Edit: While I do appreciate Peter Flom's suggestions and the subsequent discussion (and upvoted his answer), I am opening a bounty to solicit an answer which offers a specific, formal statistical approach to handling these inconsistencies while minimizing the loss of data. I strongly suspect this issue has inspired statistical research along the lines of my bullet points below (or maybe completely different!) but I am not aware of it and am hoping to rouse the attention of someone who is. I would consider an answer that is little more than a reference and a short description to be worthy of the bounty; there's no need to derive or implement the approach for me. I'd also accept an answer that gives a clever approach, with some details, without a reference. I think @Momo may be onto something with the comments below, so maybe this bounty will draw forth more details/background info :)
Edit: For the purposes of building a tractable model, I am willing to assume that the inconsistencies arise "randomly", e.g. due to randomly mis-reading the question or mis-clicking an answer on a tablet/computer, so that the errors could be conceived of as independent of any auxiliary variables, in contrast to the example given by @whuber in the comments.
I was recently approach with a statistical question about having inconsistent answers to questions. I think this is the same basic question as when you have multiple raters that disagree on how to rate a particular item, and I thought this language may be more familiar, which is why I chose this title.
A toy example:
Q1: Do you smoke?
Q2: How many cigarettes a day do you smoke?
Of course, a "skip pattern" in the questionnaire would have prevented this but that ship has sailed. The real situation is more complex than this and involves more questions with more subtle inconsistencies but the basic issue is the same. The query of the person who asked me this can be simply stated as:
Are there methods for eliminating some degree of inconsistency while still preserving as many samples as possible?
I am very aware that, if you want to be "safe" then the only thing to do is throw out any samples with inconsistent replies, but that's not the answer I'm looking for. In particular, there are some cases where there is good evidence that a particular response is a mistake and I'm looking for principled ways to use that evidence - as an extreme example, suppose ten questions measure the same overall construct and nine of the ten agree - then it is quite likely that the one that disagrees was an error (e.g. a mis-read of the question or a mis-click on the computer/tablet used to administer the survey)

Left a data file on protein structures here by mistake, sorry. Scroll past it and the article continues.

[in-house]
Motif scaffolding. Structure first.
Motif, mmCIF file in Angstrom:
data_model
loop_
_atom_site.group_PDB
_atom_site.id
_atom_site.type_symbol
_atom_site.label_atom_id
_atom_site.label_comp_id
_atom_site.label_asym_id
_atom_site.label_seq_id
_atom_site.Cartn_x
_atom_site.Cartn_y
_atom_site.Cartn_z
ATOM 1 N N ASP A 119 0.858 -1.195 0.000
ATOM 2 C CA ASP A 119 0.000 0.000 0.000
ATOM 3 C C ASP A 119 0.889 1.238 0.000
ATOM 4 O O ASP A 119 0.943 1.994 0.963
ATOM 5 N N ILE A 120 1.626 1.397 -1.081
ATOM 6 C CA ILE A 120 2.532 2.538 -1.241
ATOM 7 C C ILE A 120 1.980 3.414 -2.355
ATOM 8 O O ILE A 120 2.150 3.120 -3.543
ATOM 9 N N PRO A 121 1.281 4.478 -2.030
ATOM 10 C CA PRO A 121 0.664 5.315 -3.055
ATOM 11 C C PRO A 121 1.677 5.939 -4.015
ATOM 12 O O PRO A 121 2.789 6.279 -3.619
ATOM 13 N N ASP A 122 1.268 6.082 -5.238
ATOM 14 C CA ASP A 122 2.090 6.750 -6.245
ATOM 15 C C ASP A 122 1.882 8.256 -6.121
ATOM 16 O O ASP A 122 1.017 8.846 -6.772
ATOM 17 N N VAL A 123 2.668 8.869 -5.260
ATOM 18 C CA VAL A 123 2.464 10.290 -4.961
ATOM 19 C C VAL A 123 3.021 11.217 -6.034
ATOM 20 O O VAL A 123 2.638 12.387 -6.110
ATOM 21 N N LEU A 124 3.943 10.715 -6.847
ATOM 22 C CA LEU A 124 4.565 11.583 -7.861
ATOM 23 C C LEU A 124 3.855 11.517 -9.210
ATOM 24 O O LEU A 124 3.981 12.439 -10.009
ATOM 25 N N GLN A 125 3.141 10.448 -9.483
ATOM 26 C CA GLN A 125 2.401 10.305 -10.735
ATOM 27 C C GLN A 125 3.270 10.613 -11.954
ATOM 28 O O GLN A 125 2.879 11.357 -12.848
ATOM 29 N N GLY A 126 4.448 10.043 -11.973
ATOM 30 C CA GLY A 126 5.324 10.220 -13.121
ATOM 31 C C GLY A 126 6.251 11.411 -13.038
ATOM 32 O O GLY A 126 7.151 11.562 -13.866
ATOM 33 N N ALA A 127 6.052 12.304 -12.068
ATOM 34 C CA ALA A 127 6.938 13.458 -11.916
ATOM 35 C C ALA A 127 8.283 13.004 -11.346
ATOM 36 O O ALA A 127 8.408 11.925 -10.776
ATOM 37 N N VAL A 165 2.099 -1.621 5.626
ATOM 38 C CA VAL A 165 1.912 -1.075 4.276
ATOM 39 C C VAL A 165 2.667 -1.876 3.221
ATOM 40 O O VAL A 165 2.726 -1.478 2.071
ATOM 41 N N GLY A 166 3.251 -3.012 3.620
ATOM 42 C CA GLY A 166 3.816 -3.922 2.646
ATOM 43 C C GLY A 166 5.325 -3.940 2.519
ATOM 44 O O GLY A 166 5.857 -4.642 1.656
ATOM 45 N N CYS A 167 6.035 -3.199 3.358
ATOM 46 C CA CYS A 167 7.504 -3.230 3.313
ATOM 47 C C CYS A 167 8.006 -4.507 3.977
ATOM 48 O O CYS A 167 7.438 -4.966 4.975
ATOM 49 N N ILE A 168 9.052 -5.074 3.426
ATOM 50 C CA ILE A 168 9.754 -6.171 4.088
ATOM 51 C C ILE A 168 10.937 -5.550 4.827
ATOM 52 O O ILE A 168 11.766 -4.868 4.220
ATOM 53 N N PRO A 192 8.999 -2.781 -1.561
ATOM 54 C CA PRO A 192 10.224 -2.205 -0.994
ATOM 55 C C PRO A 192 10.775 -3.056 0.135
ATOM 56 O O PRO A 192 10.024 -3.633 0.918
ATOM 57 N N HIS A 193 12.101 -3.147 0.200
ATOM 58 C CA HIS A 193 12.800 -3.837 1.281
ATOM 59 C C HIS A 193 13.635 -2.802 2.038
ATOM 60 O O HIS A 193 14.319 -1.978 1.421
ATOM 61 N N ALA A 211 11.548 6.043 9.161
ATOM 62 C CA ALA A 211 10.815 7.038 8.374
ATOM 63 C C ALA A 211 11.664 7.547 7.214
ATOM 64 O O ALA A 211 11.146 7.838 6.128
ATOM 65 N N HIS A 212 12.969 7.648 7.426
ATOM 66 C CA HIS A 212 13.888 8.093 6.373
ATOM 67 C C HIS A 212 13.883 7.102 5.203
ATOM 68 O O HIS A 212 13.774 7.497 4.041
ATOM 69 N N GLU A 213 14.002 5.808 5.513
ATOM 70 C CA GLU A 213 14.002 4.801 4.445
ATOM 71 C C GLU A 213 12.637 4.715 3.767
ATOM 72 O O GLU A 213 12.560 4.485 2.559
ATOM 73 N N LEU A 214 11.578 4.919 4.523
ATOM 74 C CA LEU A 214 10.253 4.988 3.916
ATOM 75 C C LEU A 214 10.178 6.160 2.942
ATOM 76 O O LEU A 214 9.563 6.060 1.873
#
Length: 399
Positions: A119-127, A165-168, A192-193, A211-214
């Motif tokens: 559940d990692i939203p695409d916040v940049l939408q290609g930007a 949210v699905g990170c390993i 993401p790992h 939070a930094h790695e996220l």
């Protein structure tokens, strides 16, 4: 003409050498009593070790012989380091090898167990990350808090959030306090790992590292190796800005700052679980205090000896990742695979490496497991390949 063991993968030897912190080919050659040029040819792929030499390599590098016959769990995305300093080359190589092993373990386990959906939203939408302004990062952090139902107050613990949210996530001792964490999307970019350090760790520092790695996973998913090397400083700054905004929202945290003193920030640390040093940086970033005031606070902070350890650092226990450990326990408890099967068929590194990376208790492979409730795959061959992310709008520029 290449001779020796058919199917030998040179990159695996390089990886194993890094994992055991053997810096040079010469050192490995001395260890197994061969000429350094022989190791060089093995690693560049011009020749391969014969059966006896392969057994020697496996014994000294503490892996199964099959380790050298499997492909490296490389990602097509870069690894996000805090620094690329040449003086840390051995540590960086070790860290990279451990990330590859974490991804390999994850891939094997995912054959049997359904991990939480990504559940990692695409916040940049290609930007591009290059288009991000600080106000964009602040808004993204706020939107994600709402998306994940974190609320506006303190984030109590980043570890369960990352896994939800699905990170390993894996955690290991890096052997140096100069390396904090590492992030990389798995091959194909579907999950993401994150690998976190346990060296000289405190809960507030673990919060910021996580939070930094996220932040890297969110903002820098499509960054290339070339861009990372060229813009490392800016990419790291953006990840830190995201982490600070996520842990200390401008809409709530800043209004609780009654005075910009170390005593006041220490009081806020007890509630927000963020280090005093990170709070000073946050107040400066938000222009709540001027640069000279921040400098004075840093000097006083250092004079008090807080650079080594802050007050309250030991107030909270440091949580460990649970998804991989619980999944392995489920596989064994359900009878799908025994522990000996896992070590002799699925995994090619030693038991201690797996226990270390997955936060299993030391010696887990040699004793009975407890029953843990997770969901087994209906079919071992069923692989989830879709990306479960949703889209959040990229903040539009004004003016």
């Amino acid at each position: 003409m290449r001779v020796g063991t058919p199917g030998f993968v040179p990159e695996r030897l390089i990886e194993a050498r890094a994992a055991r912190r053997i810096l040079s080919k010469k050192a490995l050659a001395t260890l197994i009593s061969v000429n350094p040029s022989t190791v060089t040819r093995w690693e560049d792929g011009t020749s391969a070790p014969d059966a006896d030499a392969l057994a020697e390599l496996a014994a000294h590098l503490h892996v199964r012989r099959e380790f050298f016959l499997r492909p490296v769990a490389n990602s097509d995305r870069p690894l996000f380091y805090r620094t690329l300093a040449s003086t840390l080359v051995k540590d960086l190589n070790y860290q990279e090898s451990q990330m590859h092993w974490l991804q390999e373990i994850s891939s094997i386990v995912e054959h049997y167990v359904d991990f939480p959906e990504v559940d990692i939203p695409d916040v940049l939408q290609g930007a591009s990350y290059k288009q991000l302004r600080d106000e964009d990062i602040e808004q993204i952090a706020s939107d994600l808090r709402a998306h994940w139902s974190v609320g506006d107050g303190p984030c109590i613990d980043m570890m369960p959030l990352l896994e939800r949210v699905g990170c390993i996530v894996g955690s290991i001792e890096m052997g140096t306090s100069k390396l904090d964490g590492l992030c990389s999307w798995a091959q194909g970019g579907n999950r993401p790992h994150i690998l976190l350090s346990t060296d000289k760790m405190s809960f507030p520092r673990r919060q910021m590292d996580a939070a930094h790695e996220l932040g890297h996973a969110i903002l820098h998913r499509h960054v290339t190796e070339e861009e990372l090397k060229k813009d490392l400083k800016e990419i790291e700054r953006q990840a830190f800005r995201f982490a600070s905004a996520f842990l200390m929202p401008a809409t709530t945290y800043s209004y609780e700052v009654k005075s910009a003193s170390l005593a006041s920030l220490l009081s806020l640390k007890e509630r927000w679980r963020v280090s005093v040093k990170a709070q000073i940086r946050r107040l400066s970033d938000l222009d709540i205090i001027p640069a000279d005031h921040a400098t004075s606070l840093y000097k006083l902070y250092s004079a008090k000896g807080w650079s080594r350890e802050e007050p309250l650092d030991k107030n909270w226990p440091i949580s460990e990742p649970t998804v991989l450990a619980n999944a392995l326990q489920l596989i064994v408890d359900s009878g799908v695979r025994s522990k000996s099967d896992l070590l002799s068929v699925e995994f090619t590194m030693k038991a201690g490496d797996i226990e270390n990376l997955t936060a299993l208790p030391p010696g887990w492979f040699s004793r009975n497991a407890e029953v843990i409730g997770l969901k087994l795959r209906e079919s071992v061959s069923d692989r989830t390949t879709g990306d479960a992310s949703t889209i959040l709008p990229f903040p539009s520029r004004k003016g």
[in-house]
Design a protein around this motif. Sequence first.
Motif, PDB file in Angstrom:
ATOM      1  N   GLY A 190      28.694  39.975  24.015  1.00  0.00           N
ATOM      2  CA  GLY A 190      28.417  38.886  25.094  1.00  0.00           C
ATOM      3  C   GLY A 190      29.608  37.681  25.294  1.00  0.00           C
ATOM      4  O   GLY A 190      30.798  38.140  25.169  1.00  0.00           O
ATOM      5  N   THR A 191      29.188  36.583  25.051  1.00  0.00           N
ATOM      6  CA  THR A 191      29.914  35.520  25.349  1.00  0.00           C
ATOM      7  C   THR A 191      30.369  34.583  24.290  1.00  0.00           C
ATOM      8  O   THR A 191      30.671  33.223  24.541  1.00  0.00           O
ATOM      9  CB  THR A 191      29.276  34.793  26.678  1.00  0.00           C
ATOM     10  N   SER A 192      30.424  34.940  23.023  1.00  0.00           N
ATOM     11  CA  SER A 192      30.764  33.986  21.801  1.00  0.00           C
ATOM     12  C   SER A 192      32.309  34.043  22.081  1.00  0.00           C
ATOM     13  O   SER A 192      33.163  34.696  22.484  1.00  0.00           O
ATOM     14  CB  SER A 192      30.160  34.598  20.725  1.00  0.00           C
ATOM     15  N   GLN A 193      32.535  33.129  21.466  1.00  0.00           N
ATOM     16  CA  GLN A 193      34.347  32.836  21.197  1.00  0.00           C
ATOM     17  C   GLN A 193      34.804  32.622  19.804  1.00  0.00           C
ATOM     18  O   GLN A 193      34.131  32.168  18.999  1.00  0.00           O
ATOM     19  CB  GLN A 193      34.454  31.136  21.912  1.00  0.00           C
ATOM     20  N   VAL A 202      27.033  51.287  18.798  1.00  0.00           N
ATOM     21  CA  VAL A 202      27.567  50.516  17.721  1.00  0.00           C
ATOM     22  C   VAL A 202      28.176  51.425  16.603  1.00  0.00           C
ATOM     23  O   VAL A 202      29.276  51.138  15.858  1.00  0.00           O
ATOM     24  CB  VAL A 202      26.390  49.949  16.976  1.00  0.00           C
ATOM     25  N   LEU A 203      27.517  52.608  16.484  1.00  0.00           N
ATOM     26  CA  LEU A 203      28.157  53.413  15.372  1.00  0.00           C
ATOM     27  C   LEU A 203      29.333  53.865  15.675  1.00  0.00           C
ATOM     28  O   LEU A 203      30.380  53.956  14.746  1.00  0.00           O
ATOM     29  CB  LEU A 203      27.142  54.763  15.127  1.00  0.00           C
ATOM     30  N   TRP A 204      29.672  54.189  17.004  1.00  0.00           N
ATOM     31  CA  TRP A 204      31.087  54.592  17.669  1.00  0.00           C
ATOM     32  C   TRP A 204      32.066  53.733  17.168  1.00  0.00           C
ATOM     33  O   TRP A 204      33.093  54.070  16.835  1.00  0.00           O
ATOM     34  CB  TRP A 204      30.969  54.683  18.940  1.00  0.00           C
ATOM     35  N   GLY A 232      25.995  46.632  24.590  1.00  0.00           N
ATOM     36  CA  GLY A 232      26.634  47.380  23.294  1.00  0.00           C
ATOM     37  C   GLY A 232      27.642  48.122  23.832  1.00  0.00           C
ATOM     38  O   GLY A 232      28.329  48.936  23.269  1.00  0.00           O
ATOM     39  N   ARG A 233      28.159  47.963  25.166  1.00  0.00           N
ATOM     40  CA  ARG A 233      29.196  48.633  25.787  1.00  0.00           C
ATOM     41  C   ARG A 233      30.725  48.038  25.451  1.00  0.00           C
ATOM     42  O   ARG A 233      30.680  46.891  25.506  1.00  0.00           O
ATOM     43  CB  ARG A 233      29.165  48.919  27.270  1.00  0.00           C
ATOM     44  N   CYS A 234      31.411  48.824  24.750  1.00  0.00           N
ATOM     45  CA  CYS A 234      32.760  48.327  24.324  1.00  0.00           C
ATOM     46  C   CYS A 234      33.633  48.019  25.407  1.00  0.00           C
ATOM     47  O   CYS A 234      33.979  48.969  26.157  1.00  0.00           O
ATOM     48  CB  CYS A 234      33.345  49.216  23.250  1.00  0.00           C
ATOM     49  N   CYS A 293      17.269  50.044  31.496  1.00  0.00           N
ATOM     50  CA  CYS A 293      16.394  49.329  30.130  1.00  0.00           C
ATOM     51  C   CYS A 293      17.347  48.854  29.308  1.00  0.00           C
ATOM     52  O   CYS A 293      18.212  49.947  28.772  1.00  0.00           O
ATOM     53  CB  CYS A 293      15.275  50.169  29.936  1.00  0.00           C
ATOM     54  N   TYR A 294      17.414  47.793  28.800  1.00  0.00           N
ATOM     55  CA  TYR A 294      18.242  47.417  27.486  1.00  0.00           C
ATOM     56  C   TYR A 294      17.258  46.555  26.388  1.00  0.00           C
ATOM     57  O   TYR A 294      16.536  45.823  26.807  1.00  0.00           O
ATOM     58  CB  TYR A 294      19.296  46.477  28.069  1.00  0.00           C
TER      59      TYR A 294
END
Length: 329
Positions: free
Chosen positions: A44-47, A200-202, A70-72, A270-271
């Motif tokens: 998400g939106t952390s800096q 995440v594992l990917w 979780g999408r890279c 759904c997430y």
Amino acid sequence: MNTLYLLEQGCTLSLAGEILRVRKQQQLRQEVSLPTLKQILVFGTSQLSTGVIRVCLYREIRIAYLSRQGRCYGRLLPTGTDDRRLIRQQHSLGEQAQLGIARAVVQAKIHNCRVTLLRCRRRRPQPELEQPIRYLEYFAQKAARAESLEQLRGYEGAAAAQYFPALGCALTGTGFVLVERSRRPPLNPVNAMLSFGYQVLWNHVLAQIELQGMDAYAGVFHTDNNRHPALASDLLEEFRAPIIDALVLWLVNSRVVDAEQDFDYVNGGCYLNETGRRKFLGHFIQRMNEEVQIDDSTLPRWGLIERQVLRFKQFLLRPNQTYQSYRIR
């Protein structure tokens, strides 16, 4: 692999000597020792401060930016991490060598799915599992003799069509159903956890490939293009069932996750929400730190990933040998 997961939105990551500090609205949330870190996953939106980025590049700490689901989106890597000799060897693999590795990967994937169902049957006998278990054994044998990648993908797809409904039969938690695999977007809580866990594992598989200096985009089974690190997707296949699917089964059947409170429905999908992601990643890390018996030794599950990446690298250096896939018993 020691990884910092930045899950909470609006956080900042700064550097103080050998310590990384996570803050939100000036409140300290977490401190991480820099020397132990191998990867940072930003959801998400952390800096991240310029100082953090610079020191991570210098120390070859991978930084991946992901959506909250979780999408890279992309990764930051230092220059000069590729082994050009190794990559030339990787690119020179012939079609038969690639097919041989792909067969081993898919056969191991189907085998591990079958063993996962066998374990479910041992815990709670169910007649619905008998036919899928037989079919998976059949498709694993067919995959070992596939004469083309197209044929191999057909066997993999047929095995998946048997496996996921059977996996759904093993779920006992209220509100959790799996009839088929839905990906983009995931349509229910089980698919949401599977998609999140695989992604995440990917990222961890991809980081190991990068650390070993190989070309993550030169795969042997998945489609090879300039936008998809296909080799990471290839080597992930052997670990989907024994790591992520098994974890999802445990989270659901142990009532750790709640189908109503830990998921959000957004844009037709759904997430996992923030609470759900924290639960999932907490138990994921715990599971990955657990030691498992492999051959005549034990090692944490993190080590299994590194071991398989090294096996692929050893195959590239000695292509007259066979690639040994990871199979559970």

The basic thoughts I have on the subject bring to mind two general ideas:
Try to build a model that estimates the probability that a particular item is a mistake and switch responses whose "mistake probability" is very high. My concerns are that a) this is not tractable without making wild assumptions about the "error rate" and b) if there are only a few (say 3 or 4) questions for each construct, this approach would be basically useless.
Try to select some "reliable subset" of the questions (i.e. try to determine whether the disagreement regularly arises from a particular subset of the questions). This way I can get away with deleting columns from the data set rather than rows. This seems reasonable but would be more of an ad hoc procedure that I'm not sure how to formalize.
I'm not at all familiar with this field, and it seems like this kind of issue would come up occasionally in statistical consulting, so I wanted to know how this is handled (other than throwing the data out) before I try to "reinvent the wheel".